Last weekend’s UCI World Championships racing confirmed that Australian’s are excelling in every discipline of mountain biking right now. Limited resources have meant some creative solutions have allowed them to get there.
Like a lot of Australian mountain biking fans, we watched the World Champs this weekend from our computers and our phones. Instagram, Facebook, Redbull.tv, news sites, press releases, Twitter…
When one media source stopped short of giving us the information we were after we switched to the next. Sensations of promise and suspense amplified the excitement of some nail-biting results.
These new forms of spectating have certainly changed the ways we engage with sport. They bring us detail, in real time, at a level more personal than ever before.
The disjointed nature of these new forms of engagement means we can easily miss some big picture observations. Like the fact that last weekend has just demonstrated that Australians are currently excelling in not a few but every discipline of mountain biking. And they are doing so in some unique and exciting ways.
The weekend’s medal haul in South Africa saw Australians on the podium in Downhill, Trials, and the Eliminator. Meanwhile Bec Henderson and Dan McConnell have turned heads at every race this season in the cross-country World Cups. The fact that they are sitting first and third in their respective series’ highlights the relationship of steady progression to ongoing support.
Looking beyond the last few days, other recent successes are also important to note. Jared Graves is bringing home the medals in Enduro. Peta Mullens and Jarrod Moroni claimed second in the Cape Epic, a nine-day UCI stage race. Irish national and Australian resident, Jenny Fay, pulled off a fourth place finish just over a week ago at her very first Marathon World Cup.
Men, women, juniors, seniors, imports, the future for Australian athletes looks bright. But despite these results, the writing between the lines of last weekend’s ecstatic press releases is how underfunded most of these athletes are.
Mountain Biking Australia awarded nine athletes $2000 to help with their World Championship campaigns. This points to what a small amount of money the organisation has to put toward any aspect of our sport in first world terms. At the same time, it highlights what a luxury it is to be able to travel the world to participate at all.
The decision to distribute these funds based on selection criteria for competition, irrespective of other (often financial) factors that impact these athletes’ ability to perform, was a controversial one. The main argument against this has been that perhaps our junior riders could do with financial assistance more than those signed to factory teams.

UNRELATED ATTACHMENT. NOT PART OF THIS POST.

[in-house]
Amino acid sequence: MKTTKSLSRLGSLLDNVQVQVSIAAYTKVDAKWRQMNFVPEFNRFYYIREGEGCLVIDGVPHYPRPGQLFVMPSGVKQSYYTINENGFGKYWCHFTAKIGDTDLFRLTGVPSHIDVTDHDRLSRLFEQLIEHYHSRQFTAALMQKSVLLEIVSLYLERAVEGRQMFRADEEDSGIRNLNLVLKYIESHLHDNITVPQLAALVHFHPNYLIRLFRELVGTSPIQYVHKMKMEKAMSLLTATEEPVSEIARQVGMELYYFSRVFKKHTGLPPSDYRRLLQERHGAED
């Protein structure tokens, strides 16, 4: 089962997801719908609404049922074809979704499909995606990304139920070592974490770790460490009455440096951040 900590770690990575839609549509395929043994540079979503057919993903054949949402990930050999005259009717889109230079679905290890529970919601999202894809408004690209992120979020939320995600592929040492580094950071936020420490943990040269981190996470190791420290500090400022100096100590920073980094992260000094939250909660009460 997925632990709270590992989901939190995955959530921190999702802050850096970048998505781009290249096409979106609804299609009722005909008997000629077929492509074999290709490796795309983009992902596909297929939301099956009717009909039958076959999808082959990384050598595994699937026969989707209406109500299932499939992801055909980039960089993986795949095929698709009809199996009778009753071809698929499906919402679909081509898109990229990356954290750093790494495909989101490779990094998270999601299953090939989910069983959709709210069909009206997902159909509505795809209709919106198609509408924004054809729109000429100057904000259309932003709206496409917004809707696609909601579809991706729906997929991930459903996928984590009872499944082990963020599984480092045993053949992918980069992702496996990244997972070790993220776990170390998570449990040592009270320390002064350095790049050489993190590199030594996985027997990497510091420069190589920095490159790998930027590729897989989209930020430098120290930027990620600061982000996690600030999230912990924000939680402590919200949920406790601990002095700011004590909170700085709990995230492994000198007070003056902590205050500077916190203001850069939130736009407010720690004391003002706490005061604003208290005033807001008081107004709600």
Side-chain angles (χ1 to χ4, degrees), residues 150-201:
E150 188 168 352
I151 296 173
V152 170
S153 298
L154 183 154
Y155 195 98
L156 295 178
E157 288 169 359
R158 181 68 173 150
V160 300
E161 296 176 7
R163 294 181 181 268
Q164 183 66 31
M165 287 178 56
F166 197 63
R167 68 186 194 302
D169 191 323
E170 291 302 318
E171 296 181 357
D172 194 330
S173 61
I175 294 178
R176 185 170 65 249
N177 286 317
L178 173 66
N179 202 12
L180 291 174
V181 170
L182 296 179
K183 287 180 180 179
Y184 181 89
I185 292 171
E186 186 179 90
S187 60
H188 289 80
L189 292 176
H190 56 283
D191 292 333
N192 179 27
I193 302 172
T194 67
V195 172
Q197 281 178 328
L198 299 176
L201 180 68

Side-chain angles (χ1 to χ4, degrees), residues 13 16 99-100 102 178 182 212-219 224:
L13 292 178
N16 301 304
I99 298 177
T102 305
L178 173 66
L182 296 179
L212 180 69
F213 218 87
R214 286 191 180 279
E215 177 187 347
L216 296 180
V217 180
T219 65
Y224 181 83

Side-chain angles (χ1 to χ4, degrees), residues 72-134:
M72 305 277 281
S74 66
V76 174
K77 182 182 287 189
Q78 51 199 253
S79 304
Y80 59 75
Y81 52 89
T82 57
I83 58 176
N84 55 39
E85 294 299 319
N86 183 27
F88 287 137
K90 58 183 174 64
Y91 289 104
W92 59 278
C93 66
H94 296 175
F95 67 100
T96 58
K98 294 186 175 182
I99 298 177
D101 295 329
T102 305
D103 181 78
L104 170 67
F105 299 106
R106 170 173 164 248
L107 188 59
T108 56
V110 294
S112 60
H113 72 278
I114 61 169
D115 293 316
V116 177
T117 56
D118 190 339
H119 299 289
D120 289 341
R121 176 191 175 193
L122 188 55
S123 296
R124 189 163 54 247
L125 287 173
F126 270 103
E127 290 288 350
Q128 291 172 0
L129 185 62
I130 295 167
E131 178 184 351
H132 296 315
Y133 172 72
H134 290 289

This argument is an important one. It’s not a coincidence that every Australian rider excelling at a world level in mountain biking right now has been working toward goals such as these for a very long time.
It’s also odd that, given the basis for MTBA’s decision, current BMX World Champion, Caroline Buchanan, wasn’t on the list. These selection criteria bias single-discipline expertise. This is another interesting ‘grey area’ in relation to performance development, outputs and proficiency. Most of the Australian athletes excelling at a world level right now are doing so in multiple cycling events.
Van der Ploeg has been racing road, cyclocross and cross-country this year. The bike Graves raced to a bronze medal in the downhill is the same bike that has just seen him win at the Enduro World Series. Mullens moves between road, cross-country and marathon.
These aren’t unusual stories. On one hand, racing in multiple disciplines helps these athletes in terms of sponsorship, expenses and prize money – a creative solution in the face of limited resources. On the other, there’s a lot to be said for cross-disciplinary fitness and expertise.
Come Monday morning, we were certainly excited by the great rides we witnessed over the weekend. What we’re seeing right now is a number of riders, who’ve worked hard to find inventive ways to race at the top. They’re getting results across the board.
The fact that most of these individuals are not just excelling in a single area? We can’t help but wonder what this might mean for research, funding and scientific models that continue to focus on narrower, discipline-specific notions of performance and expertise.